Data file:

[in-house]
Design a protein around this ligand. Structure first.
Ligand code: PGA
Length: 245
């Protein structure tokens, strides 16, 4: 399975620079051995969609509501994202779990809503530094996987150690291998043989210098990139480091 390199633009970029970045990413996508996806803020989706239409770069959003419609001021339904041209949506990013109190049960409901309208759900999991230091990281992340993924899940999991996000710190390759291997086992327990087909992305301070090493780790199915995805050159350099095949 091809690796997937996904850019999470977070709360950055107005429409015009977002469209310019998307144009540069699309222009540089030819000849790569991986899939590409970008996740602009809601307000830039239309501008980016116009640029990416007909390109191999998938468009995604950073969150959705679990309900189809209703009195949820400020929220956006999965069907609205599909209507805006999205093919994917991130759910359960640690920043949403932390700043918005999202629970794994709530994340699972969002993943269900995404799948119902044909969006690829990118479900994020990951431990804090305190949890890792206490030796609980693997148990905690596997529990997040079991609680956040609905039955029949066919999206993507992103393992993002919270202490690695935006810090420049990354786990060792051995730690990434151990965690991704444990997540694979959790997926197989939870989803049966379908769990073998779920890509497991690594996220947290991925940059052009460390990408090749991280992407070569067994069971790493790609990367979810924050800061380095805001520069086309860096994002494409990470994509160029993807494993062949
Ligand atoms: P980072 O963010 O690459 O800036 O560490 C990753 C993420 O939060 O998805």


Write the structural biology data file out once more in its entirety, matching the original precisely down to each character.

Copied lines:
[in-house]
Design a protein around this ligand. Structure first.
Ligand code: PGA
Length: 245
């Protein structure tokens, strides 16, 4: 399975620079051995969609509501994202779990809503530094996987150690291998043989210098990139480091 390199633009970029970045990413996508996806803020989706239409770069959003419609001021339904041209949506990013109190049960409901309208759900999991230091990281992340993924899940999991996000710190390759291997086992327990087909992305301070090493780790199915995805050159350099095949 091809690796997937996904850019999470977070709360950055107005429409015009977002469209310019998307144009540069699309222009540089030819000849790569991986899939590409970008996740602009809601307000830039239309501008980016116009640029990416007909390109191999998938468009995604950073969150959705679990309900189809209703009195949820400020929220956006999965069907609205599909209507805006999205093919994917991130759910359960640690920043949403932390700043918005999202629970794994709530994340699972969002993943269900995404799948119902044909969006690829990118479900994020990951431990804090305190949890890792206490030796609980693997148990905690596997529990997040079991609680956040609905039955029949066919999206993507992103393992993002919270202490690695935006810090420049990354786990060792051995730690990434151990965690991704444990997540694979959790997926197989939870989803049966379908769990073998779920890509497991690594996220947290991925940059052009460390990408090749991280992407070569067994069971790493790609990367979810924050800061380095805001520069086309860096994002494409990470994509160029993807494993062949
Ligand atoms: P980072 O963010 O690459 O800036 O560490 C990753 C993420 O939060 O998805």